In the rebuilding of broken churches, architects will be appointed and building committees formed, but what will guide construction?
Theology House and Laidlaw College in Christchurch planned jointly a day conference on Theology and Church Architecture on Wednesday (September 28).
About 90 people from churches all over Canterbury came together in the Christchurch Chinese Church in Bryndwr – a very safe structure based around steel-girders.
Murray Rae, theology professor at Otago, trained architect and Presbyterian minister, introduced participants to the topic with a striking suggestion.
The most important skill set required for a church building committee, he suggested, was the ability to articulate theological vision. Practical matters needed to be entrusted to the church’s architect.
A vital role remained for practically minded people in the church, however: they should be appointed to raise funds!
Professor Rae urged the audience to do two things:
• First, to let design be driven by the answers to the question, “What is God calling us to be and to do here in our community?”
• Second, to involve all people in our churches in working out what kind of building we want our churches to be.
Professor Rae also made a telling observation about two major influences on church design in Aotearoa New Zealand – ‘temple’ and ‘meeting house’ – and asked whether we can merge them in our new and restored churches.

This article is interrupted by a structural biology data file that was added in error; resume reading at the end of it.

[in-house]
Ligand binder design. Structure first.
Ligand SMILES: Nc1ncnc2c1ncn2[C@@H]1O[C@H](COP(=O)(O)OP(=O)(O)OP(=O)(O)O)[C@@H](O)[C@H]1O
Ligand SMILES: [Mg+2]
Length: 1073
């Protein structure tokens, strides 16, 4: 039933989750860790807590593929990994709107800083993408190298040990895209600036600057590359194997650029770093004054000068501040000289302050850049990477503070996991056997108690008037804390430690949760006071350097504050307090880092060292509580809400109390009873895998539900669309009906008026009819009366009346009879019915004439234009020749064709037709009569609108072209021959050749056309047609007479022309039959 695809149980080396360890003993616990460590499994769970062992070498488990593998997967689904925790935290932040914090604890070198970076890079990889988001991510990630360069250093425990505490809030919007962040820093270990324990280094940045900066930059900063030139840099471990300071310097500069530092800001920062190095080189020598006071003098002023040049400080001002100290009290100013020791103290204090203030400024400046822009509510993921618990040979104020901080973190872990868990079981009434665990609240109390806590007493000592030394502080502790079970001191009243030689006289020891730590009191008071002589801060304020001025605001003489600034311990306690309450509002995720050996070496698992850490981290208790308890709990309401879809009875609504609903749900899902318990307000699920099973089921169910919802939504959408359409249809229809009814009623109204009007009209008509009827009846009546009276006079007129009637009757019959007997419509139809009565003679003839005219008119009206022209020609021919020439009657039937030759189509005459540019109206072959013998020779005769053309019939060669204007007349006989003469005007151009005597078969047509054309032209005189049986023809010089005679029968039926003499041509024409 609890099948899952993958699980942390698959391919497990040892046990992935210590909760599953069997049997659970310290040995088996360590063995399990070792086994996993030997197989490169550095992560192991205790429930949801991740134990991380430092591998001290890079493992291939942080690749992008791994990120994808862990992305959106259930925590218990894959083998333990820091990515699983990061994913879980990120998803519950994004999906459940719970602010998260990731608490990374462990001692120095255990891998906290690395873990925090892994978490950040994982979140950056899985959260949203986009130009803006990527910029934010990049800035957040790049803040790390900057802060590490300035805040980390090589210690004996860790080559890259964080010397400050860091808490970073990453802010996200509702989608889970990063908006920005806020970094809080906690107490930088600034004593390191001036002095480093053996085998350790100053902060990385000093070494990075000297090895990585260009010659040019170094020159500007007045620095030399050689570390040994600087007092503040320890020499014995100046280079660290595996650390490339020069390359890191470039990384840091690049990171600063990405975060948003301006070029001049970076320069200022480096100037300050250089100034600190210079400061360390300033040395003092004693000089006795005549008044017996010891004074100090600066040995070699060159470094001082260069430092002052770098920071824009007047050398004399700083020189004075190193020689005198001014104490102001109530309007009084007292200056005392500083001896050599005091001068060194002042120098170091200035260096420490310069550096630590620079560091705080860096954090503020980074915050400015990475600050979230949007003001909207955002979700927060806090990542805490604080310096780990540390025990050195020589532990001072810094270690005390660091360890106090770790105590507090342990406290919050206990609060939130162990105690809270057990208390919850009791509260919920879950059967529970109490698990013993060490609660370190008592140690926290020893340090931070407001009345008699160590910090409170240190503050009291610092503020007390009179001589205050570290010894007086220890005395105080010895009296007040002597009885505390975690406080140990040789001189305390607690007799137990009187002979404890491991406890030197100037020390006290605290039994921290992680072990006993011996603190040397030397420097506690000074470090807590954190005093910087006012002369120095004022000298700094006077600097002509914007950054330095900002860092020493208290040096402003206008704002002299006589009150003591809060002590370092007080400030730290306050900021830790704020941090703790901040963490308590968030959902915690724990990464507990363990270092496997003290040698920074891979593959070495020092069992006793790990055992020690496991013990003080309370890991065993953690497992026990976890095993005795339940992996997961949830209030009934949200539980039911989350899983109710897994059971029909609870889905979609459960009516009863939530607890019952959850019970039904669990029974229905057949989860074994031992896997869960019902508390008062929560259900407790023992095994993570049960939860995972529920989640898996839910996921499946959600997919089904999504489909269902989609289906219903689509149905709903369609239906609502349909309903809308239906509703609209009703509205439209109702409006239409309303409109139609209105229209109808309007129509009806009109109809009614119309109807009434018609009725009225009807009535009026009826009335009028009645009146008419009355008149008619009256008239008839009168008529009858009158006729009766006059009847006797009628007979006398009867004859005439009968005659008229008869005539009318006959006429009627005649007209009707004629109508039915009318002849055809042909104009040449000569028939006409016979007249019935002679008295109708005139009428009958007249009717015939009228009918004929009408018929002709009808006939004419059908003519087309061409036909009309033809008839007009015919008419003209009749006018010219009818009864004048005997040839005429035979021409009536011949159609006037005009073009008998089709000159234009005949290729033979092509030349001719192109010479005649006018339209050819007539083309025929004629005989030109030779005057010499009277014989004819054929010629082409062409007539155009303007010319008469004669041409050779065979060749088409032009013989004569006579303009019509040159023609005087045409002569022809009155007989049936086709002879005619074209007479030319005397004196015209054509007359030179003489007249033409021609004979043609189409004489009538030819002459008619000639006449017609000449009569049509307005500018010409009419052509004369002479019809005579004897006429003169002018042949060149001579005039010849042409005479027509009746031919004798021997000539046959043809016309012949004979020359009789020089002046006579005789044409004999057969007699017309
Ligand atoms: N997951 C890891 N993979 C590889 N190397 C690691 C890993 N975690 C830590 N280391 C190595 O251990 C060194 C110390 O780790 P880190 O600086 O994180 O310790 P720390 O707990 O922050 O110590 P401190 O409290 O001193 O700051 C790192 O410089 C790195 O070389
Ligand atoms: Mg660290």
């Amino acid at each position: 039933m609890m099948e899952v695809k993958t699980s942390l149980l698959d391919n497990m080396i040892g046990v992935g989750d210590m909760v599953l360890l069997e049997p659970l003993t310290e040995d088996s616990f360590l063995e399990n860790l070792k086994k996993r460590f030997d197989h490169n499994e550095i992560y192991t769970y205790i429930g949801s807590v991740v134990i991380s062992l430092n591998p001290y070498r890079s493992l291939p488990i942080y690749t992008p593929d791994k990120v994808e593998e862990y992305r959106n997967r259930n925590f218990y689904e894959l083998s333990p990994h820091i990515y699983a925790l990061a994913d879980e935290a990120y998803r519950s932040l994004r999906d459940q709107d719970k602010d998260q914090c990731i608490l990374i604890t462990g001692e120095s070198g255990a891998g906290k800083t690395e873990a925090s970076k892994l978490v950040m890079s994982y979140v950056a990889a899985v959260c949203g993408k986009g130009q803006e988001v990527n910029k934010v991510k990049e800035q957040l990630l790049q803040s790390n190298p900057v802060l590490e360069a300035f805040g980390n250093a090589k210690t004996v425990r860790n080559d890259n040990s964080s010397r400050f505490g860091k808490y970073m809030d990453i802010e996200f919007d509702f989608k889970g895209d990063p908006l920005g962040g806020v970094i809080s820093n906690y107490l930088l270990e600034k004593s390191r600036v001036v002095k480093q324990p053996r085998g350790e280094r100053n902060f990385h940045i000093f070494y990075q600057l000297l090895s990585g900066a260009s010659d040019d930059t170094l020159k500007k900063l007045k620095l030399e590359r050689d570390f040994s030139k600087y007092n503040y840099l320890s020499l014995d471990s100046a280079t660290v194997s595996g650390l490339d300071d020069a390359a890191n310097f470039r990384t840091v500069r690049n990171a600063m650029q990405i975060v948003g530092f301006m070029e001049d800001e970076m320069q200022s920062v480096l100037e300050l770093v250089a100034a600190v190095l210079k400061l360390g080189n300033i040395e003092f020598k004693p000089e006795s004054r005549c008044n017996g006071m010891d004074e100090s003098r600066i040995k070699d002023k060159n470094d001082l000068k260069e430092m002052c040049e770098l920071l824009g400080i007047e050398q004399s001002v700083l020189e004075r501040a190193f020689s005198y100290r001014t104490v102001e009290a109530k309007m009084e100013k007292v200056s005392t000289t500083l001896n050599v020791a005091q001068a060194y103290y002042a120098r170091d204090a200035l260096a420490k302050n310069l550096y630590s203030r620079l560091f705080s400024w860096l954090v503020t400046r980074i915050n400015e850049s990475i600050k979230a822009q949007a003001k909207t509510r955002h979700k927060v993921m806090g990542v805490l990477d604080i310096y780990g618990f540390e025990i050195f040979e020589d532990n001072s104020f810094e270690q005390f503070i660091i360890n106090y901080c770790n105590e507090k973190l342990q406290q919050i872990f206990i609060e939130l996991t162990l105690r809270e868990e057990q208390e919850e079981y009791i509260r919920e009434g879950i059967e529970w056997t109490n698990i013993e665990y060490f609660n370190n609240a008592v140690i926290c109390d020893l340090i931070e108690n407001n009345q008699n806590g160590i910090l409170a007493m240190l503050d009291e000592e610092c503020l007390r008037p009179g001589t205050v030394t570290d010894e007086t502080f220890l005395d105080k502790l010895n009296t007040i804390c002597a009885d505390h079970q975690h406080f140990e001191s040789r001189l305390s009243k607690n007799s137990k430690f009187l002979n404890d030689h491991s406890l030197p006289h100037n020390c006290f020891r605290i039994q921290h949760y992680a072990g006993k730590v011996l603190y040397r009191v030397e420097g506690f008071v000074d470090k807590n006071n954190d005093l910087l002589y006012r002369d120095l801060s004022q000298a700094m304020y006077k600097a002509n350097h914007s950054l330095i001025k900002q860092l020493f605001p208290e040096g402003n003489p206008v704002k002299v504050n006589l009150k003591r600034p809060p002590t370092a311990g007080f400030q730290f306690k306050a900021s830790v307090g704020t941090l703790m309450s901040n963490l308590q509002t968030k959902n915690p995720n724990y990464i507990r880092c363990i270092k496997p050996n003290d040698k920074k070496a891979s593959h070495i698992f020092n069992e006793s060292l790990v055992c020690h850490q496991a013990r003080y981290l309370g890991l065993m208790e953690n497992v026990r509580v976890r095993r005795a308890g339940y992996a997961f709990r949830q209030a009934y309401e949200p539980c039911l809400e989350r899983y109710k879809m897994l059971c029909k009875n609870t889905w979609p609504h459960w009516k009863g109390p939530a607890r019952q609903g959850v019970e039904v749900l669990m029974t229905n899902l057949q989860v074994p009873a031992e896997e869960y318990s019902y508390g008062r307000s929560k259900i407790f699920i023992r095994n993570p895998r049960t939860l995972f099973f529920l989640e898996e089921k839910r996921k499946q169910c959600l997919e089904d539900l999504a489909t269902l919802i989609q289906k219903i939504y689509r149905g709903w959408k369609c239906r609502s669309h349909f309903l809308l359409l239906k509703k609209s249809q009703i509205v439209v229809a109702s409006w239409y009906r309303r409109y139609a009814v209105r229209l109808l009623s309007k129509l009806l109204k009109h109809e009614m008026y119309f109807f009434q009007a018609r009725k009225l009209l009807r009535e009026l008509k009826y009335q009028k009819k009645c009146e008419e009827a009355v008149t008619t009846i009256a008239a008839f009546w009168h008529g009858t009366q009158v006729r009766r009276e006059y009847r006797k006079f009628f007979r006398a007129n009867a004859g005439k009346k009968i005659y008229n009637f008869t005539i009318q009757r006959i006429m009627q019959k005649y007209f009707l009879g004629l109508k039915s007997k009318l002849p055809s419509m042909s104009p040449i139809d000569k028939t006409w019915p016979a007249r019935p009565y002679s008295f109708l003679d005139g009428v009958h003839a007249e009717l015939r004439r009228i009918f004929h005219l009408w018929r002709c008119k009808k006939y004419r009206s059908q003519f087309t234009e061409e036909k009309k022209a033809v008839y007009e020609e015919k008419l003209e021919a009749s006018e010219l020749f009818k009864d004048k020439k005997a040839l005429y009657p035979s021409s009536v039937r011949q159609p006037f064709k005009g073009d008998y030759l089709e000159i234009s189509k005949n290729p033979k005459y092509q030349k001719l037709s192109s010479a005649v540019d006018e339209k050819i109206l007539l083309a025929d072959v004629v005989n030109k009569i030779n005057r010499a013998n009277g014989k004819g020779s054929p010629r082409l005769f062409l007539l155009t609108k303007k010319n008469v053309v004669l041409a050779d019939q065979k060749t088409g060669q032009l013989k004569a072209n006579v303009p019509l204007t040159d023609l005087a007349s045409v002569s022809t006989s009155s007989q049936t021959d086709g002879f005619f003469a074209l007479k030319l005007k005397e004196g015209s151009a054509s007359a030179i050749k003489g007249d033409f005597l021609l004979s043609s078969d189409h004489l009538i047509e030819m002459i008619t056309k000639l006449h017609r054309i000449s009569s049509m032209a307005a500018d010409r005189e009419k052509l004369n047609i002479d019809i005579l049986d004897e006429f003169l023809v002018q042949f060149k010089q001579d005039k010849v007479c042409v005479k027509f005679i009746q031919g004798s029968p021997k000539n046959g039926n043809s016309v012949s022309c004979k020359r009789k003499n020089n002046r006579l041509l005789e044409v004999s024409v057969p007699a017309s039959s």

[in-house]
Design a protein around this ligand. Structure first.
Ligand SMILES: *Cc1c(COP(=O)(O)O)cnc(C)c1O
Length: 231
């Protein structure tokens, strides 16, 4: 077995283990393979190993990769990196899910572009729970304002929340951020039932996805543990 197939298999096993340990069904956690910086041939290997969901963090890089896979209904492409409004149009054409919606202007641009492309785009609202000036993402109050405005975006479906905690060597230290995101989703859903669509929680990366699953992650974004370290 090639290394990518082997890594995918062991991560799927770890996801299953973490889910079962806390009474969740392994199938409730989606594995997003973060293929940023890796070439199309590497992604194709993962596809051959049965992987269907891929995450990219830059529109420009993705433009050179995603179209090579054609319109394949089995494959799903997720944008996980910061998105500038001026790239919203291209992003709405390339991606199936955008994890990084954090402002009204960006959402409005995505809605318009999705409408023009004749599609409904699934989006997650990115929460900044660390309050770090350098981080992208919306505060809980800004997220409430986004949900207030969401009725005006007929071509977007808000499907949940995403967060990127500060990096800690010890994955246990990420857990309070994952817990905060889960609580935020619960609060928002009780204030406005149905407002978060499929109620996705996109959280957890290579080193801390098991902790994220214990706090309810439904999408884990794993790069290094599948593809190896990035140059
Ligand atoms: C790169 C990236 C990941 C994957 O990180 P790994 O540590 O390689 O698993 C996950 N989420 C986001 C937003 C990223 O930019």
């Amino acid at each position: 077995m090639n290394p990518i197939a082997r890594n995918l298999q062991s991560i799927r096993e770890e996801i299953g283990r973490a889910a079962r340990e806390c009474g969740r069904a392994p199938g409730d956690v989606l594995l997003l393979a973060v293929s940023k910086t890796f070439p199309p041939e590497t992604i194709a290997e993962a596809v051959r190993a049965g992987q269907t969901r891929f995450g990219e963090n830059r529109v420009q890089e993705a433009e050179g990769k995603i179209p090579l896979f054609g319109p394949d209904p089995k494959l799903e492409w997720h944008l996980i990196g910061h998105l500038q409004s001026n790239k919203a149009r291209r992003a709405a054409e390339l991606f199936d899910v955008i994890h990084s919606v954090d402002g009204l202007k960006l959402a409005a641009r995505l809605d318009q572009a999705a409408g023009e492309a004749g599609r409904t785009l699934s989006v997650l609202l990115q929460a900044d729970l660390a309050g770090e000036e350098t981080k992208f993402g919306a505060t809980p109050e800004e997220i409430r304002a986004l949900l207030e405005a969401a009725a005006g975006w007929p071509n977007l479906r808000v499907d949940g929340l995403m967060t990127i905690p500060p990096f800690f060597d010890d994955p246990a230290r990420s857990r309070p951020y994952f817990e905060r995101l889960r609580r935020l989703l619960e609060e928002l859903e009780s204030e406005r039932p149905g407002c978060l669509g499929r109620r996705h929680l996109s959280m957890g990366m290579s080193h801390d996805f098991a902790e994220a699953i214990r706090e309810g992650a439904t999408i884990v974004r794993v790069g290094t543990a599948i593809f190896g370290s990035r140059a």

Mark Southcombe, a lecturer in architecture at Victoria University and also a practising architect and Catholic layman, took the conferees through a whistlestop tour of many churches, old and new, mostly from New Zealand but a few famous ones from far away.
He impressed on the conference that good things can be achieved at reasonable cost, with careful design and local input into building. With efficient case studies, he pointed out how some churches have succeeded brilliantly as sacred spaces for liturgy and functional spaces for community activities; while others, for want of a little more understanding, have failed badly.
A Baptist pastor in Botany Downs and practising architect, John McLean, challenged the conference to take on board the task of building churches in a postmodern and post-Christendom era.
Previously, churches were built adjacent to public squares with easy transitions between public and communal sacred spaces. Now we need to make spaces that help transition from public spaces (often roads and streets) to the sacred, a special challenge now that sacred spaces have effectively moved from being communal spaces to private spaces.
Architecture can help reconnect sacred space with public space in our communities. Mr McLean showed examples, weaving them into a narrative of the development of his own church, Eastview Baptist, which is thriving in the rapidly growing Botany Downs – a living illustration of the overlap which is possible between mission and architecture.
Excellent outside voices in the morning gave way in the afternoon to a panel of local voices: Leo Hanssen (Majestic on Moorhouse), Chris Chamberlain (Oxford Tce Baptist), Rick Loughnan (Catholic Diocese of Christchurch), Dugald Wilson (St Mark’s Presbyterian, Avonhead), and +Victoria Matthews (Anglican Diocese of Christchurch).
As they shared their experiences and their theologies of rebuilding the churches they are responsible for, an emerging theme was ‘hope.’ We need not despair that the faith of Canterbury will never be rebuilt.
Final reflections? Theology is vital to the restored and new churches of Canterbury, the first step before any drawing takes place and foundations laid.
Together, the key presenters underlined that architecture can help express the answer to what God is calling us to be and to do as church in our community.
Peter Carrell is Director of Theology House and was part of the organising group for the conference.